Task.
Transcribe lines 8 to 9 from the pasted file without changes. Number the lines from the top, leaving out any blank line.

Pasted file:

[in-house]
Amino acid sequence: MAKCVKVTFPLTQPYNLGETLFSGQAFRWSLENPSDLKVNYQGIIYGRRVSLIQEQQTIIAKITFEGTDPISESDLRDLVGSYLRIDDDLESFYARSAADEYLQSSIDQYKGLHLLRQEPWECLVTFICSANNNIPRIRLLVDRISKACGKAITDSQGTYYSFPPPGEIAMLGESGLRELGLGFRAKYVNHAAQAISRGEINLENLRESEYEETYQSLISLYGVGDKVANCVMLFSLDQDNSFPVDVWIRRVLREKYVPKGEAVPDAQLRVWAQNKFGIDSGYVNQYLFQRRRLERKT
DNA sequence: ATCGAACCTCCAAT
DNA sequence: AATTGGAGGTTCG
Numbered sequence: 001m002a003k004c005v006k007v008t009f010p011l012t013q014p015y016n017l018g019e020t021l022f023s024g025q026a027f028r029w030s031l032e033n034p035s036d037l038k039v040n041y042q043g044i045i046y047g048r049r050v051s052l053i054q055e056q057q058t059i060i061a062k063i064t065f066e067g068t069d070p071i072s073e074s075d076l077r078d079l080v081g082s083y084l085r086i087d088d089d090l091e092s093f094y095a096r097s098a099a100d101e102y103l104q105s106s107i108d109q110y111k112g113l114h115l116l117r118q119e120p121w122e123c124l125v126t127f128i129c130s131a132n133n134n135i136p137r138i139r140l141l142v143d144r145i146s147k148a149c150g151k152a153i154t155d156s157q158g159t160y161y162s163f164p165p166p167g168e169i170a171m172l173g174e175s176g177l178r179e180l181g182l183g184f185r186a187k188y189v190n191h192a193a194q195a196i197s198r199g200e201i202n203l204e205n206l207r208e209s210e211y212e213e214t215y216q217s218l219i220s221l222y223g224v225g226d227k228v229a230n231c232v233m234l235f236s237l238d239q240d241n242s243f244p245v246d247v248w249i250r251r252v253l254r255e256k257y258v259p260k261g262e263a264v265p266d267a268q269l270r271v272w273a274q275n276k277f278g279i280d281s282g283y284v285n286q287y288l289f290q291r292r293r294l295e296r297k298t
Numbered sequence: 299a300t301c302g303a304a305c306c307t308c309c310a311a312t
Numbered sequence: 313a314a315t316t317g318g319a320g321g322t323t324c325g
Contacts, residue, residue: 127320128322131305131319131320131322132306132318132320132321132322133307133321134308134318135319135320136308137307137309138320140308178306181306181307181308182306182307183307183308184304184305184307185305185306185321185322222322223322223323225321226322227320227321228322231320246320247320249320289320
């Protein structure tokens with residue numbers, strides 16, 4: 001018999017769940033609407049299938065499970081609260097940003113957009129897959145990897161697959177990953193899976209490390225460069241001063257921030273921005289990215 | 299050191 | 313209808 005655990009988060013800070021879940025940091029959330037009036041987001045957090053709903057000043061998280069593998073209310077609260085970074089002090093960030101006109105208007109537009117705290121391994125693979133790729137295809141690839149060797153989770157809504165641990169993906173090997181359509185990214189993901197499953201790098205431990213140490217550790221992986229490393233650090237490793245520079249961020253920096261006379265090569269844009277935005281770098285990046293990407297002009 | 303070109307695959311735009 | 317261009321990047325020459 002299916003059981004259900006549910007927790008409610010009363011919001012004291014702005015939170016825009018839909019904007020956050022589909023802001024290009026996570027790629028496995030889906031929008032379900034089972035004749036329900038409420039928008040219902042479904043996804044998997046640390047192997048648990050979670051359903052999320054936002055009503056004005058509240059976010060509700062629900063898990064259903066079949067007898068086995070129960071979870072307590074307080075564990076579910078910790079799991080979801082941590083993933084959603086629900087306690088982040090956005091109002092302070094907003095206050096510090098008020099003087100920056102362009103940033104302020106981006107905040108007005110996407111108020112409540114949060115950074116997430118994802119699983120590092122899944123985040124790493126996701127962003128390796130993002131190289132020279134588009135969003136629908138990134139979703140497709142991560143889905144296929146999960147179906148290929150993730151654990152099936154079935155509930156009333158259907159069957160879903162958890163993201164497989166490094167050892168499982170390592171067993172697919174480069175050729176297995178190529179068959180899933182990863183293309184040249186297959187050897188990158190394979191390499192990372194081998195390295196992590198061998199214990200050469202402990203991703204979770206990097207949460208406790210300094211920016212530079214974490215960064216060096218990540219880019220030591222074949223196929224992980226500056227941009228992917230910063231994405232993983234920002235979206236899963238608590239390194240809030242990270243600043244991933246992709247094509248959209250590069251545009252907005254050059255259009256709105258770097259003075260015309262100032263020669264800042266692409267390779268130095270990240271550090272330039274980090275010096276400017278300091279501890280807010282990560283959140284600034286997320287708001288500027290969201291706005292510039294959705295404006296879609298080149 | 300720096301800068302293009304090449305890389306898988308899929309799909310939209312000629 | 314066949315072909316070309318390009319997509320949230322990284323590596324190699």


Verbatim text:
Contacts, residue, residue: 127320128322131305131319131320131322132306132318132320132321132322133307133321134308134318135319135320136308137307137309138320140308178306181306181307181308182306182307183307183308184304184305184307185305185306185321185322222322223322223323225321226322227320227321228322231320246320247320249320289320
């Protein structure tokens with residue numbers, strides 16, 4: 001018999017769940033609407049299938065499970081609260097940003113957009129897959145990897161697959177990953193899976209490390225460069241001063257921030273921005289990215 | 299050191 | 313209808 005655990009988060013800070021879940025940091029959330037009036041987001045957090053709903057000043061998280069593998073209310077609260085970074089002090093960030101006109105208007109537009117705290121391994125693979133790729137295809141690839149060797153989770157809504165641990169993906173090997181359509185990214189993901197499953201790098205431990213140490217550790221992986229490393233650090237490793245520079249961020253920096261006379265090569269844009277935005281770098285990046293990407297002009 | 303070109307695959311735009 | 317261009321990047325020459 002299916003059981004259900006549910007927790008409610010009363011919001012004291014702005015939170016825009018839909019904007020956050022589909023802001024290009026996570027790629028496995030889906031929008032379900034089972035004749036329900038409420039928008040219902042479904043996804044998997046640390047192997048648990050979670051359903052999320054936002055009503056004005058509240059976010060509700062629900063898990064259903066079949067007898068086995070129960071979870072307590074307080075564990076579910078910790079799991080979801082941590083993933084959603086629900087306690088982040090956005091109002092302070094907003095206050096510090098008020099003087100920056102362009103940033104302020106981006107905040108007005110996407111108020112409540114949060115950074116997430118994802119699983120590092122899944123985040124790493126996701127962003128390796130993002131190289132020279134588009135969003136629908138990134139979703140497709142991560143889905144296929146999960147179906148290929150993730151654990152099936154079935155509930156009333158259907159069957160879903162958890163993201164497989166490094167050892168499982170390592171067993172697919174480069175050729176297995178190529179068959180899933182990863183293309184040249186297959187050897188990158190394979191390499192990372194081998195390295196992590198061998199214990200050469202402990203991703204979770206990097207949460208406790210300094211920016212530079214974490215960064216060096218990540219880019220030591222074949223196929224992980226500056227941009228992917230910063231994405232993983234920002235979206236899963238608590239390194240809030242990270243600043244991933246992709247094509248959209250590069251545009252907005254050059255259009256709105258770097259003075260015309262100032263020669264800042266692409267390779268130095270990240271550090272330039274980090275010096276400017278300091279501890280807010282990560283959140284600034286997320287708001288500027290969201291706005292510039294959705295404006296879609298080149 | 300720096301800068302293009304090449305890389306898988308899929309799909310939209312000629 | 314066949315072909316070309318390009319997509320949230322990284323590596324190699």